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Hmmmmm, do I believe this?

April 27, 2007
Do Computer Pros Work Less Than Others?
By Eric Chabrow
Hard to believe, but IT workers log fewer hours on the job than most other professionals, government data reveals.

“Among eight broad professional occupations tracked by the government, only one category–consisting of educators, trainers and librarians–average fewer hours at work each week.
The occupation category comprising computer and mathematical professionals [math occupations such as actuaries, operational research analysis and statisticians make up less than 5 percent of the category] who usually work fulltime averaged 42 hours, 24 minutes on the job each week in 2006, according to a survey of American households conducted by the U.S. Bureau of Census for the Bureau of Labor Statistics. That’s one hour, 42 minutes less than all professional occupations combined, but one hour, six minutes more each week than education/training/library.
Legal professionals put in the most time, at 44 hours, 54 minutes. Their bosses put in even longer hours. Managers of all stripes averaged 46 hours, 24 minutes of work each week in 2006.”
I wonder. Maybe we just don’t count all the unpaid work!! Or, they’re not surveying me!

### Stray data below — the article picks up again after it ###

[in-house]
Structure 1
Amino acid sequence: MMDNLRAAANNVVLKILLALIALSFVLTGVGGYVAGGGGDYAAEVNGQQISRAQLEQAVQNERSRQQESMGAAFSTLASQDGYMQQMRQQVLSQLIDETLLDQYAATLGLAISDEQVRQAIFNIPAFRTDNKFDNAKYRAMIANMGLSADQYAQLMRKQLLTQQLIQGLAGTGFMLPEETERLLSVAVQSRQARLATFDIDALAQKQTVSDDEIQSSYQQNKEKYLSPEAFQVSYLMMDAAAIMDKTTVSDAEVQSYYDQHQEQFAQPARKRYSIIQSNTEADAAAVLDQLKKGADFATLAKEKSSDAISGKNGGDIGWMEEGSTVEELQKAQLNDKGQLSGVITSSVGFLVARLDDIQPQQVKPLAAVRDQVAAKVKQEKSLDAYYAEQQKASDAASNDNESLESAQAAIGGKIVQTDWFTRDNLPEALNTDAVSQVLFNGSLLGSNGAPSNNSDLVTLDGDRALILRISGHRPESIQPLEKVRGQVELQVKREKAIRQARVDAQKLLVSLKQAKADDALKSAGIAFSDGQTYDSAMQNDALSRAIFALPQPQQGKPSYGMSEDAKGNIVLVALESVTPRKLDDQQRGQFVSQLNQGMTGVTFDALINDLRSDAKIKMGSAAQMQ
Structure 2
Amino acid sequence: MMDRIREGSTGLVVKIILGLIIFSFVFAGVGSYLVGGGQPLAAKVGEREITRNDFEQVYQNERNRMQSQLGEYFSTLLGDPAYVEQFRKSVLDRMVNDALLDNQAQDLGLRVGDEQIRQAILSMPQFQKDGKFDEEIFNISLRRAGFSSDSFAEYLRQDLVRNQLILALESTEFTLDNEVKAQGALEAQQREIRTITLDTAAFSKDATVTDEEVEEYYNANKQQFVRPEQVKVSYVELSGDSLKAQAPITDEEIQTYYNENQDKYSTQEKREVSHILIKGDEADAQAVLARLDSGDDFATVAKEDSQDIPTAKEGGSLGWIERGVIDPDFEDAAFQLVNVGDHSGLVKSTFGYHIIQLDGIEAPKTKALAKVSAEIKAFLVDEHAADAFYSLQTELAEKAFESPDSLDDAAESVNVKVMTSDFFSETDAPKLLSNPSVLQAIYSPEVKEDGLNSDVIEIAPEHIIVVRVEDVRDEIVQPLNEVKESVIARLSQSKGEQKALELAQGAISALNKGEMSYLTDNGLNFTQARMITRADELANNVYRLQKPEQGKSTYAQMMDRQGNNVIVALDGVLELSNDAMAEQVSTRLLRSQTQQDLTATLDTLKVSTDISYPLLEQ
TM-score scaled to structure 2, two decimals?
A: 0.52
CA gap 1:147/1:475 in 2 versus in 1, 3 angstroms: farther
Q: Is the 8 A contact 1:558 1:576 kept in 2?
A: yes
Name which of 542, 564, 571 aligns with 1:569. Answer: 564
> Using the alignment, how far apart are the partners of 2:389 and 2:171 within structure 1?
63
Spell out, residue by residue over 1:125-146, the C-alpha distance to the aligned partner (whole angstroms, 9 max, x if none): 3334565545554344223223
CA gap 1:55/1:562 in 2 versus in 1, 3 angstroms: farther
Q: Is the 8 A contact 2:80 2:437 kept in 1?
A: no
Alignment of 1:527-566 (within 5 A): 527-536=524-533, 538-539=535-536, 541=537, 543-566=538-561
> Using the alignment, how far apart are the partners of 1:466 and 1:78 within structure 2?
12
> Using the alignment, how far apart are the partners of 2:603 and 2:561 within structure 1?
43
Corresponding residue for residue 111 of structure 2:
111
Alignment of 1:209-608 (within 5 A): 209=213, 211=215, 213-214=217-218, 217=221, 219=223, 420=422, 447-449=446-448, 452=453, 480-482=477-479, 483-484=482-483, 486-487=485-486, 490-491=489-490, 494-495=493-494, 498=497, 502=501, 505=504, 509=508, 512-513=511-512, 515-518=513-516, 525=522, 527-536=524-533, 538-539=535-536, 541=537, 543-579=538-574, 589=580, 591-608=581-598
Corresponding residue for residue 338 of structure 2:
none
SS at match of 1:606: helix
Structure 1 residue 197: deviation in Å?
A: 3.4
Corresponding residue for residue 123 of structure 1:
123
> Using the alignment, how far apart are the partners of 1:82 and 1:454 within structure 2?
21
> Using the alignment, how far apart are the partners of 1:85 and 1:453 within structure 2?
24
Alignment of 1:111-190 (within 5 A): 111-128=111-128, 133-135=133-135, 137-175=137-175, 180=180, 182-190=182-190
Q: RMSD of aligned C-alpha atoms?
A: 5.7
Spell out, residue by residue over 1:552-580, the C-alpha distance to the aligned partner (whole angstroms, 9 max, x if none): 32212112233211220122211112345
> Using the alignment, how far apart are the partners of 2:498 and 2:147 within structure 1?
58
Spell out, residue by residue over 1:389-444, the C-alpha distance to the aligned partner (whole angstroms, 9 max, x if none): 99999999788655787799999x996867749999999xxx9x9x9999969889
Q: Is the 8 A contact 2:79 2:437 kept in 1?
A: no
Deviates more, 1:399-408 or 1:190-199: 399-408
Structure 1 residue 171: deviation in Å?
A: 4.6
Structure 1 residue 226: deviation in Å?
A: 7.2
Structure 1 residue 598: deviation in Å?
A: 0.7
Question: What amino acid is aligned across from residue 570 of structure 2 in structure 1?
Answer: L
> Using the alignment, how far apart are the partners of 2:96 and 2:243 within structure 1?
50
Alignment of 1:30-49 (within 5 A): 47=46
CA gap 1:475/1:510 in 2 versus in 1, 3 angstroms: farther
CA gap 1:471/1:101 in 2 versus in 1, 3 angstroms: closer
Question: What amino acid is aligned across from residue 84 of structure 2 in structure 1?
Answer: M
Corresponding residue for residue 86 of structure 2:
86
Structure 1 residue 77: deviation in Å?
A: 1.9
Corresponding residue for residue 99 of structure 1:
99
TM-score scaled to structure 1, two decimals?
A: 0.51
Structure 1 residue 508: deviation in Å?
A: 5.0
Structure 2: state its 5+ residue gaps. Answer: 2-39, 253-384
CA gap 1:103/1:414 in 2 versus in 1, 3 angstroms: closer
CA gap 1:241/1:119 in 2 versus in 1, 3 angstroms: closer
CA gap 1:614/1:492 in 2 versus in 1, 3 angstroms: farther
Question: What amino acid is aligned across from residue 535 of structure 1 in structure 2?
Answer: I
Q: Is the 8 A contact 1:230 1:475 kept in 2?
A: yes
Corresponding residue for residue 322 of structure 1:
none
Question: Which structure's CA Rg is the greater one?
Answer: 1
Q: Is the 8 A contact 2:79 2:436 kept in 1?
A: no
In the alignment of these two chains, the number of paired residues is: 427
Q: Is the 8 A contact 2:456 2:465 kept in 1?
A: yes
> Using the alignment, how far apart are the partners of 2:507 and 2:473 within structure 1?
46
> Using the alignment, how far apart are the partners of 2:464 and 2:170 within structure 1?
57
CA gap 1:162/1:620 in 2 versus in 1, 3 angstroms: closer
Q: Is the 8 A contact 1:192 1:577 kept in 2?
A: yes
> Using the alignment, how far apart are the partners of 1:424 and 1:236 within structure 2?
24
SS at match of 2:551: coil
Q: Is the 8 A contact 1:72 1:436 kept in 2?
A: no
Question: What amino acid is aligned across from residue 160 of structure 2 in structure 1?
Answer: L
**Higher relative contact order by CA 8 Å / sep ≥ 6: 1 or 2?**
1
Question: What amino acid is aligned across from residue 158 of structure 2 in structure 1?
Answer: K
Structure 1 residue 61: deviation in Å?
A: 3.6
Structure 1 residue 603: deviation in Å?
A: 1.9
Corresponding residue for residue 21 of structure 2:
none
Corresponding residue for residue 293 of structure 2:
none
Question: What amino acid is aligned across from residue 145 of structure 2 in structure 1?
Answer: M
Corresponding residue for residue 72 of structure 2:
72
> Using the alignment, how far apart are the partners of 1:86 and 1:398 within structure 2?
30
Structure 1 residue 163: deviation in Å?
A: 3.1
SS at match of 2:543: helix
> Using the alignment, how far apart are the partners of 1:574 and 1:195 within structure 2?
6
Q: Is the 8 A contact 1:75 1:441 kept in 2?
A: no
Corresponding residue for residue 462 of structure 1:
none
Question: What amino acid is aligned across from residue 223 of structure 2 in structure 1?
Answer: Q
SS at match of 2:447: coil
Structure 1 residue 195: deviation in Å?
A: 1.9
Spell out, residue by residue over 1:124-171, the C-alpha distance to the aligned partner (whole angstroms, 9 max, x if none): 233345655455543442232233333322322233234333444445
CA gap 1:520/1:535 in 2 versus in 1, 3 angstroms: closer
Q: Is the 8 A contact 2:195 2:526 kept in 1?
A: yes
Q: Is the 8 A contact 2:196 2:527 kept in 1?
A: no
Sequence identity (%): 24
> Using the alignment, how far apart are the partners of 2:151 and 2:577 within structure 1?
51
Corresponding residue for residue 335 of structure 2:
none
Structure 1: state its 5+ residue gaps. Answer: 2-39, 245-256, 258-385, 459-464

Stephen

Posted on: May 22, 2007, 6:39 am Category: Uncategorized

3 Responses

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  1. Or we are more honest.
    Doug

  2. Amanda said

    This is just speculation, but I have a few suggestions on this: Perhaps it reflects our profession’s (and for that matter – teaching’s) gender imbalance? If day care closes at 5:00 and you have a 25 minute commute you are never, ever, ever at work later than 4:35. Now that doesn’t mean you don’t spend an hour after bedtime reading through the library’s strategic plan, but I would guess that many women forget to count that time. I would also estimate that professions that bill by the minute (lawyers) are more likely to remember exactly how much time they spent on a specific task than professions that are salaried. I would like to see the study take these factors into account, anyway.

  3. Amy Ford said

    I like to think that with our information management skills, we work smarter, not longer. That’s a bit tongue-in-cheek, but I think that information pros struggle with computers less and get them to accomplish more in less time. And of course, librarians are trained to find answers to questions and problems faster than anyone else!
    Actually, full time at my library is 35.5 hours a week. And we have many part-time staff. It could be that the survey reflects the large number of part-time staff in these professions, but I do think that you’ve got a very valid point with the amount of unpaid work that educators, including librarians, do.